Collecting shellfish? Cook it
Cook your shellfish thoroughly to keep your whānau safe from Vibrio bacteria this summer.
Try these tasty recipes
- Kina and watercress omelette [PDF, 1.4 MB]
- Pan-fried pāua with kawakawa and lemon [PDF, 1.4 MB]
- Pāua and puha fritters [PDF, 1 MB]
Vibrio bacteria can make you sick
The main type of Vibrio bacteria of concern is Vibrio parahaemolyticus.
Latest information on the number and location of reported cases of confirmed Vibrio parahaemolyticus infections
Symptoms of Vibrio parahaemolyticus infection
- Symptoms usually appear within 4 hours but normally between 12 and 24 hours after eating contaminated food.
- You may suffer abdominal cramps, watery diarrhoea, nausea, vomiting, and fever.
- Illness lasts between 1 and 7 days. In most cases medical treatment is not needed but in severe cases, you might have to go to hospital.
- Occasionally, septicaemia (blood poisoning) can occur.
Raw or undercooked shellfish may contain Vibrio bacteria
Foodborne Vibrio infection can occur:
- by eating raw or undercooked shellfish
- because of cross contamination between raw shellfish and cooked food.
Vibrio is present in greater levels in warmer seawaters over 15°C. That is why, in general, more illnesses occur over the summer months. They also multiply rapidly if shellfish is held at warm temperatures after harvest, so it's important to store and refrigerate these properly to minimise its growth.
Vibrio parahaemolyticus infection is widespread and has been recorded in all parts of New Zealand. Shellfish containing Vibrio parahaemolyticus does not smell, taste, or appear "off".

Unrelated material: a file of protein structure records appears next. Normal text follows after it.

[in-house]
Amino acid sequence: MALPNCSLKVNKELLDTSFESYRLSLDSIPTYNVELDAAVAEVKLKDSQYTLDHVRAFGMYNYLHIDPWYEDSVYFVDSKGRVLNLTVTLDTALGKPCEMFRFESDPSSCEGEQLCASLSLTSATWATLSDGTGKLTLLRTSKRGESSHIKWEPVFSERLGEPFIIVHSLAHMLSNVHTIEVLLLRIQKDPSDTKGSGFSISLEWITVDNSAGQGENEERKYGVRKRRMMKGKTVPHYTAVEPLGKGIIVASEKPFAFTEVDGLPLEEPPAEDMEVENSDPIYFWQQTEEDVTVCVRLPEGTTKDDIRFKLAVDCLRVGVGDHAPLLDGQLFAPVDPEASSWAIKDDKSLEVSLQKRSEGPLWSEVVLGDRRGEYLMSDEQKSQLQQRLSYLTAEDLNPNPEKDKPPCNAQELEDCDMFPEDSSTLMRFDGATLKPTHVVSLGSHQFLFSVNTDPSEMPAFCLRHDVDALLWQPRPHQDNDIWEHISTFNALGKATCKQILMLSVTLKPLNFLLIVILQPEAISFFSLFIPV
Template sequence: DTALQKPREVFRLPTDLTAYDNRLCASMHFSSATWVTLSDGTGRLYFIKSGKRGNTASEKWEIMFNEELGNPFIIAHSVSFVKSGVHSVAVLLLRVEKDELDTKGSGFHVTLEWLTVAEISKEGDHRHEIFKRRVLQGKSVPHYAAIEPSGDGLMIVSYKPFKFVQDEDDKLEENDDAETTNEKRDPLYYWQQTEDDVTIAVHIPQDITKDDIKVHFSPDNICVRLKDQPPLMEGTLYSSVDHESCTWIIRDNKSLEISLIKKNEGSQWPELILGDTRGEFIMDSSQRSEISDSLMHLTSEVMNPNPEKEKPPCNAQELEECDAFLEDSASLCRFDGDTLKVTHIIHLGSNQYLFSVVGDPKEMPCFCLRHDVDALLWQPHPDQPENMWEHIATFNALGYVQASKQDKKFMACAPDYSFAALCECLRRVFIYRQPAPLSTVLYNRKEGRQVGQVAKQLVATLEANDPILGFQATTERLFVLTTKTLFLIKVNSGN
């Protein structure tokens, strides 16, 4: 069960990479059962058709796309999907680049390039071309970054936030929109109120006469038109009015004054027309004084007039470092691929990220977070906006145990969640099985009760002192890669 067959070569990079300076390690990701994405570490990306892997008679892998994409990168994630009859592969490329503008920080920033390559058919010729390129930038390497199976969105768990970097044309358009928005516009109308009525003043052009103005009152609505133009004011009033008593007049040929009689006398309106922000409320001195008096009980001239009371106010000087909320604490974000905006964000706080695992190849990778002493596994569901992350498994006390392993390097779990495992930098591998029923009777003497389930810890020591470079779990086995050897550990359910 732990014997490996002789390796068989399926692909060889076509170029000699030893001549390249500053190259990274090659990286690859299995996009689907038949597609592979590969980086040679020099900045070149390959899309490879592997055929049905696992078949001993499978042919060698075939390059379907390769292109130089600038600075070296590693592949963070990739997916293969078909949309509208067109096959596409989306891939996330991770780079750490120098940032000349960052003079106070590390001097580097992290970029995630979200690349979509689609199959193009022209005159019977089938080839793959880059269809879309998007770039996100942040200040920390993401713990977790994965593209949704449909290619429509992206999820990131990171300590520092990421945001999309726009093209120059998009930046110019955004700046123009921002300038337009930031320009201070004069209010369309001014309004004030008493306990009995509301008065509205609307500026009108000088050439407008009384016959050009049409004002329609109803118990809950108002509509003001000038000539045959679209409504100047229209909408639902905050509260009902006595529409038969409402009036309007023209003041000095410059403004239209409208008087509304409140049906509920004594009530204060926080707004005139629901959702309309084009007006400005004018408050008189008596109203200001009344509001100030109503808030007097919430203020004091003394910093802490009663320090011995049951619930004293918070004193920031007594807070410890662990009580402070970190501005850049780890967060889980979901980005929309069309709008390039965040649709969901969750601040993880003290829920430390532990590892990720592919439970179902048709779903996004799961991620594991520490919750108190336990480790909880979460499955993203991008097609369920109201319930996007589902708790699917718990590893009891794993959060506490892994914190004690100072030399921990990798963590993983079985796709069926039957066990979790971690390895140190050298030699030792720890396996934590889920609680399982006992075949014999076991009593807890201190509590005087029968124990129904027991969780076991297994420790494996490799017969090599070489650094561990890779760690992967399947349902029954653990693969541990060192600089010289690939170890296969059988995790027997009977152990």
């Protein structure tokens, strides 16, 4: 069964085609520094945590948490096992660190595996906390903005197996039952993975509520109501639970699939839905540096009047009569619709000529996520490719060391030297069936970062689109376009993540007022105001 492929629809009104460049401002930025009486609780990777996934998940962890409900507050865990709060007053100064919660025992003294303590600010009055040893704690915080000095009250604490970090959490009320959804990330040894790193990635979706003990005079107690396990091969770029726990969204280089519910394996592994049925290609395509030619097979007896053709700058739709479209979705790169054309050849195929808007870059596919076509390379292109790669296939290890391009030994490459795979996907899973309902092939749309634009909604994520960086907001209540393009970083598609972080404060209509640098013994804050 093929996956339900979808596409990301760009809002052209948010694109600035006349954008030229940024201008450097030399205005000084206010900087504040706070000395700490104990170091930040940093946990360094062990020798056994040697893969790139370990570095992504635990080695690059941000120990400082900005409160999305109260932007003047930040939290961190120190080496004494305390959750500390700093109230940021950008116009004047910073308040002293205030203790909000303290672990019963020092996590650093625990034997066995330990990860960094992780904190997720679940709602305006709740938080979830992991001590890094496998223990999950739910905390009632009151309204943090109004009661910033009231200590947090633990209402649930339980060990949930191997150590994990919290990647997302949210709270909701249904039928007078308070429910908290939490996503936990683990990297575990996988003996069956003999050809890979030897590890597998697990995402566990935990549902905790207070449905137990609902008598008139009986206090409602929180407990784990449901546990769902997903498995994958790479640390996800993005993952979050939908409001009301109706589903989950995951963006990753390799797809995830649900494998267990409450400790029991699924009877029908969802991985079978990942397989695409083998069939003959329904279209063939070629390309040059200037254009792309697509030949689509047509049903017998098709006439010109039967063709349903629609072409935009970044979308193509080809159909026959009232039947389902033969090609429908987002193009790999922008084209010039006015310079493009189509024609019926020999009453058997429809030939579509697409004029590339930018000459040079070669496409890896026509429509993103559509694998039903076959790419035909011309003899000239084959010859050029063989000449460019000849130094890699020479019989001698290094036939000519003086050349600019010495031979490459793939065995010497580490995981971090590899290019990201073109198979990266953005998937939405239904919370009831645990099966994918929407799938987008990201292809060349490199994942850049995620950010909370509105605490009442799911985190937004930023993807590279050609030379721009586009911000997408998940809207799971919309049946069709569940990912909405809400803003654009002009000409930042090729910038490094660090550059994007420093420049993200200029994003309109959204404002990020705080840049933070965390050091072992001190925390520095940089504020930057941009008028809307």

How to lower your risk of getting sick from Vibrio
Lower your risk of getting sick by following recommended food handling tips.
Those with low immunity, such as young, old, pregnant and immunocompromised, are at particular risk and should avoid raw or undercooked fish and shellfish.
Gathering and transporting tips
- When gathering shellfish, keep them alive and cool to keep them fresh.
- Keep them in a bucket of fresh seawater out of the sun to let them de-sand.
- Use a chilly bin to store and transport them home. Put ice wrapped in a towel in the chilly bin to protect the shellfish from getting too cold and killing them.
Storing at home tips
- Refrigerate shellfish as soon as possible. Store in a bowl covered with a cold, wet towel, on the bottom shelf, below cooked food.
- To freeze shellfish, shell them as soon as possible and freeze in small amounts in their cooking water or natural juices.
- Thaw frozen shellfish before cooking, in the fridge.
Preparing and cooking tips
- Use shellfish within 2 days of harvest. Don't eat or cook ones that have died or have broken shells.
- Keep hands, chopping boards, knives, and utensils clean to prepare raw shellfish.
- Keep raw shellfish separated from other cooked products or ready-to-eat products.
- Don't eat shellfish raw or undercooked. Cook thoroughly until they are at least 65°C for 1 minute (until they open and are firm to touch).
How to avoid cross-contamination
Vibrio can spread to different food and surfaces either from the shellfish itself, its liquid or juices, your hands, or cooking equipment. This is called cross-contamination and it increases the risk of getting sick.
To help avoid cross-contamination:
- use different chopping boards, plates and bowls, and knives for raw and cooked shellfish
- wash your hands.
Also, prevent raw shellfish contaminating other ready-to-eat foods, for example cooked foods and salads.
Learn more about cross-contamination and how to avoid it
Posters for retailers of shellfish
If you are a retailer of shellfish, you need to download a copy of the below Point of sale notice and display it in your store.
Poster for retailers – Important advice to thoroughly cook shellfish [PDF, 203 KB]
Cook shellfish thoroughly poster [PDF, 106 KB]
Find out more
Food safety when fishing and gathering shellfish
Food safety for people with low immunity
Food safety for pregnant women
Who to contact
If you have questions about Vibrio, email email@example.com